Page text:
The Blue Sword (Paperback)
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DescriptionHarry Crewe is an orphan girl who comes to live in Damar, the desert country shared by the Homelanders and the secretive, magical Free Hillfolk. When Corlath, the Hillfolk King, sees her for the first time, he is shaken -- for he can tell that she is something more than she appears to be. He will soon realize what Harry has never guessed: she is to become Harimad-sol, King's Rider, and carry the Blue Sword, Gonturan, which no woman has wielded since the legendary Lady Aerin bore it into battle, generations past.
- Published: 01 November 2000
- Format: Paperback 272 pages
- ISBN 13: 9780141309750 ISBN 10: 014130975X
- Sales rank: 24,309
Reviews for The Blue Sword
- Top review
It's magic, but not as we know it.
I first read this book at least eight years ago. I found it at the library, and went to my local book store and had them order it in for me. This is the story of Harry Crewe who finds herself leaving home after the death of her father, and entrusted in the care of her brother Richard - who she has not seen for several years. Soon after arriving in Damar, the outpost Richard is posted to, strange and interesting things begin to happen, and she soon finds herself caught up in events that will change everything.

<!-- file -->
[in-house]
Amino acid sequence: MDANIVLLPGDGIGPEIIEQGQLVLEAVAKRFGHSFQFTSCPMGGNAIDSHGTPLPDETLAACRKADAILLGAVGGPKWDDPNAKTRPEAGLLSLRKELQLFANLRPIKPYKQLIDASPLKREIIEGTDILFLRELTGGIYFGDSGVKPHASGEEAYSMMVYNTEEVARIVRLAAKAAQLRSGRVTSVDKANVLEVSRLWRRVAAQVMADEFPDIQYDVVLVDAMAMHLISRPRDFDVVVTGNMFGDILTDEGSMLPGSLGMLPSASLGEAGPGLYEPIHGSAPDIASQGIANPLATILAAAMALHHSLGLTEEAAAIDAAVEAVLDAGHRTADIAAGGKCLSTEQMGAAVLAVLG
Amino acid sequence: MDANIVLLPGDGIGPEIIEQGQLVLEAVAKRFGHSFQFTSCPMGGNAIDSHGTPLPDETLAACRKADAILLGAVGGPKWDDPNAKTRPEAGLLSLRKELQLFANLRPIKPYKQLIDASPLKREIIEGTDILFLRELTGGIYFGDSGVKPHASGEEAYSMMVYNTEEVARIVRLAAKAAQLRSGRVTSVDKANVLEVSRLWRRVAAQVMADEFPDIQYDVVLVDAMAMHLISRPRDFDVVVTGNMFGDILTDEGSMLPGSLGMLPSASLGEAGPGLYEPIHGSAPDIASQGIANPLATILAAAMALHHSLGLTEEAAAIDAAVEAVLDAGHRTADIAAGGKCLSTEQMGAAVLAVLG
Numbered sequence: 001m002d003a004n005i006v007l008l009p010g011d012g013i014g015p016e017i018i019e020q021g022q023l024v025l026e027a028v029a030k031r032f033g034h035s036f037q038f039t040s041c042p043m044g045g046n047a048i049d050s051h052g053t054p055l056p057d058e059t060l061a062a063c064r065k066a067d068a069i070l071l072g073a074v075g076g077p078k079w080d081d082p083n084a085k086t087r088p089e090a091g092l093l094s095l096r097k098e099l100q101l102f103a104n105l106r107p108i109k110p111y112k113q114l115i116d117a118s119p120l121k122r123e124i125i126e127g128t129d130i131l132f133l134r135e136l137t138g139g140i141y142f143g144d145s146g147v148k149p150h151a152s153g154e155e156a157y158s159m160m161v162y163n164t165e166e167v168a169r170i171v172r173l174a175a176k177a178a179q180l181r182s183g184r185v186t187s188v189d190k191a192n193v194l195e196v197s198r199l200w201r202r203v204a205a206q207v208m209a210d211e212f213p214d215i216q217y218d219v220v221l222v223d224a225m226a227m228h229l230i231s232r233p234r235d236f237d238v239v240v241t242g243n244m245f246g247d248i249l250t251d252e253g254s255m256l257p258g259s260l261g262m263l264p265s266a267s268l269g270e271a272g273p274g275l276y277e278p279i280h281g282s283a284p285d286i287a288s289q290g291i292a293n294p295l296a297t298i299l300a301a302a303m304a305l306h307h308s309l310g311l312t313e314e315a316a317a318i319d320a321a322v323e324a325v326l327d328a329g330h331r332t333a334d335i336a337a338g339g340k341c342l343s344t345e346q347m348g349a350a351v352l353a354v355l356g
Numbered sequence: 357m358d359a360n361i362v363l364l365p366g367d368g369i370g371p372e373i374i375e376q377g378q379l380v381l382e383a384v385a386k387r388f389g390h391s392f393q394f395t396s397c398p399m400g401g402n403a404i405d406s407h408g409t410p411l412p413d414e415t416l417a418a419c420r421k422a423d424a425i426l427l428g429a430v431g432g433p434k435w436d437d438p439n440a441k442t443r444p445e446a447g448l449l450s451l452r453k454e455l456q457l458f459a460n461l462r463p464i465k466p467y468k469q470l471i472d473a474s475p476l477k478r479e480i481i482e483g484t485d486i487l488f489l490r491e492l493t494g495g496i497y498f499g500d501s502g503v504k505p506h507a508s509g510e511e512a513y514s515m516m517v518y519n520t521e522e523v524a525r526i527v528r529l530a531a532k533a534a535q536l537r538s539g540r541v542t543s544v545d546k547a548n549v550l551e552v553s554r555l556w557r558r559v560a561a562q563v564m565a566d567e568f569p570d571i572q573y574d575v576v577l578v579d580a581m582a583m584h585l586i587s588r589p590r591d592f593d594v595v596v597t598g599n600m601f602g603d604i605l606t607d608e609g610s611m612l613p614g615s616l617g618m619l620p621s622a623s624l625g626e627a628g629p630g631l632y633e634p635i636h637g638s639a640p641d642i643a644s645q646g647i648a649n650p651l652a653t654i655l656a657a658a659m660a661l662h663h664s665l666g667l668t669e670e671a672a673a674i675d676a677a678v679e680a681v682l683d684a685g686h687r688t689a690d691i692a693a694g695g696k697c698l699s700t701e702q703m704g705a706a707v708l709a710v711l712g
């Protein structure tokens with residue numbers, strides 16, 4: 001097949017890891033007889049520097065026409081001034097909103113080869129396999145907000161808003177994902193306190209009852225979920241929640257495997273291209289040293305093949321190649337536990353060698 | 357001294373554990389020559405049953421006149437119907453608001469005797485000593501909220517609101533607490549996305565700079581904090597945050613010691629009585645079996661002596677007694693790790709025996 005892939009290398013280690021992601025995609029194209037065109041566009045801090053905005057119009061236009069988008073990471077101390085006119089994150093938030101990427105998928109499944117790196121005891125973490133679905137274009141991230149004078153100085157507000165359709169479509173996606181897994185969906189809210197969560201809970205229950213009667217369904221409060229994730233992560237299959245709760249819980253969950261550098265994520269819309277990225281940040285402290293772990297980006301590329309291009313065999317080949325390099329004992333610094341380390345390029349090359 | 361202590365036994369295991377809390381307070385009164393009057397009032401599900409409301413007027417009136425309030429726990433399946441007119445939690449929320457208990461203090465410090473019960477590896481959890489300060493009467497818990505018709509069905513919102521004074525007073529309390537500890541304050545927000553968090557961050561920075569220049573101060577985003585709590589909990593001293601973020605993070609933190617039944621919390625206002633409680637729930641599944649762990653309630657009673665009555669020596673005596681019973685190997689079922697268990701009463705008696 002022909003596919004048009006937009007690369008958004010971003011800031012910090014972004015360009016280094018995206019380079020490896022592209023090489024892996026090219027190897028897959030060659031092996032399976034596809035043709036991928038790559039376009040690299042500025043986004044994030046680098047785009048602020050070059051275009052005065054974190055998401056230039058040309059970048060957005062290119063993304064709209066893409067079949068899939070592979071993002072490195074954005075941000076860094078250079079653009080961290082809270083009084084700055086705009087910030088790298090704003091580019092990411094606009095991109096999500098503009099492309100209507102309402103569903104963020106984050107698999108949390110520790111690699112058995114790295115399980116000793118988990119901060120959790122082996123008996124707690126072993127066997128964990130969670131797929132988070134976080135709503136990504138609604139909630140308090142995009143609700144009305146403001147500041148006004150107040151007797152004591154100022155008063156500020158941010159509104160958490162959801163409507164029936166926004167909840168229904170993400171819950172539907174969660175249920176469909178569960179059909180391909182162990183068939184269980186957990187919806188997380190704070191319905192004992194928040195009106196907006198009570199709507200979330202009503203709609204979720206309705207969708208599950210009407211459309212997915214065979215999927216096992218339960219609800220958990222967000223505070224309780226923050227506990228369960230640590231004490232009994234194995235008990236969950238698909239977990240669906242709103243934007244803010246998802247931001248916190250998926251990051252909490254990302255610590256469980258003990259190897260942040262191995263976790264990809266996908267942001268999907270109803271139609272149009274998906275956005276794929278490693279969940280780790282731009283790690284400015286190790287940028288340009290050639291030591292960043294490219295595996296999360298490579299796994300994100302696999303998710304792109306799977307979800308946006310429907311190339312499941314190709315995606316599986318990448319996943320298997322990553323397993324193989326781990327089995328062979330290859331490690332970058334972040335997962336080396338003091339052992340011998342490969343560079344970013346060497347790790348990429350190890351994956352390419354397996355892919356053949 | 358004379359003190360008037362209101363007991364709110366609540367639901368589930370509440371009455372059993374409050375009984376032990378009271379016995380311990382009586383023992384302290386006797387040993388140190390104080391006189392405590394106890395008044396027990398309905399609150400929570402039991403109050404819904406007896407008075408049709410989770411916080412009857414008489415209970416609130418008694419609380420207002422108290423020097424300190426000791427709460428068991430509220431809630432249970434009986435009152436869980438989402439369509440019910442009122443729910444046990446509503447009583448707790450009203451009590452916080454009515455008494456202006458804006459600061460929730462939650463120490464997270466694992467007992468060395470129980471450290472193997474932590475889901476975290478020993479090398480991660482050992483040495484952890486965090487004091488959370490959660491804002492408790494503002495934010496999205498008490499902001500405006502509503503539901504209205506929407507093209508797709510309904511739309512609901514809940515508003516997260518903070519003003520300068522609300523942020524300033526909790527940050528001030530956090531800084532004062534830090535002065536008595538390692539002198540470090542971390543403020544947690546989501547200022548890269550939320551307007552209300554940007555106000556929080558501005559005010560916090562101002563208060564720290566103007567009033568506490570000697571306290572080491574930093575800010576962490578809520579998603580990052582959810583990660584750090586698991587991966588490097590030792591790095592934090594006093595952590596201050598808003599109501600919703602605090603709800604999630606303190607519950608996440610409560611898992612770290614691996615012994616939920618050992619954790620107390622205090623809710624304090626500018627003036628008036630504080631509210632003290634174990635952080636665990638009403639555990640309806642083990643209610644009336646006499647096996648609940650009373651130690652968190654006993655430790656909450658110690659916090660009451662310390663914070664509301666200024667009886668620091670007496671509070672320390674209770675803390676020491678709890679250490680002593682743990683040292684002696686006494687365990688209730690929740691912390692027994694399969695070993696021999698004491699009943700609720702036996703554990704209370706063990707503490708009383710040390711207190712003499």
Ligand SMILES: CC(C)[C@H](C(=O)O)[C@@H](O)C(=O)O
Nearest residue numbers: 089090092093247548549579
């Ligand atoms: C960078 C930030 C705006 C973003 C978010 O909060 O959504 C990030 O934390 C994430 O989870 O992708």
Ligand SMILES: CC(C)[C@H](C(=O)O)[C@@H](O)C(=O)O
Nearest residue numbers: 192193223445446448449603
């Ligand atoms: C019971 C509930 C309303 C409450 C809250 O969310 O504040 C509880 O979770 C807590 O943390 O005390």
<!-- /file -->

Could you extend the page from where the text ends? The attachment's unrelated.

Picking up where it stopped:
In more recent novels, magic has become something of a tool. Take Harry Potter for example, it's a you do this, you say that, and the pin has turned into a duck. In this book, magic is more an uncertain force that can make you act, even if you are most unwilling.
This is an excellently realistic fantasy novel, with a heroine you can be proud of - she is not one of these wussy heroines who seem to populate so many novels. The world is expertly created, no need to suspend your disbelief here, you do so automatically as everything seems perfectly reasonable and believable as you read it. The book is rich in detail, and as it continues, draws you in until you are completely absorbed. I believe the first time I read this, I read it cover to cover in a day (thankfully it was a weekend, otherwise my teachers might have had something to say about that). by Julie Cooke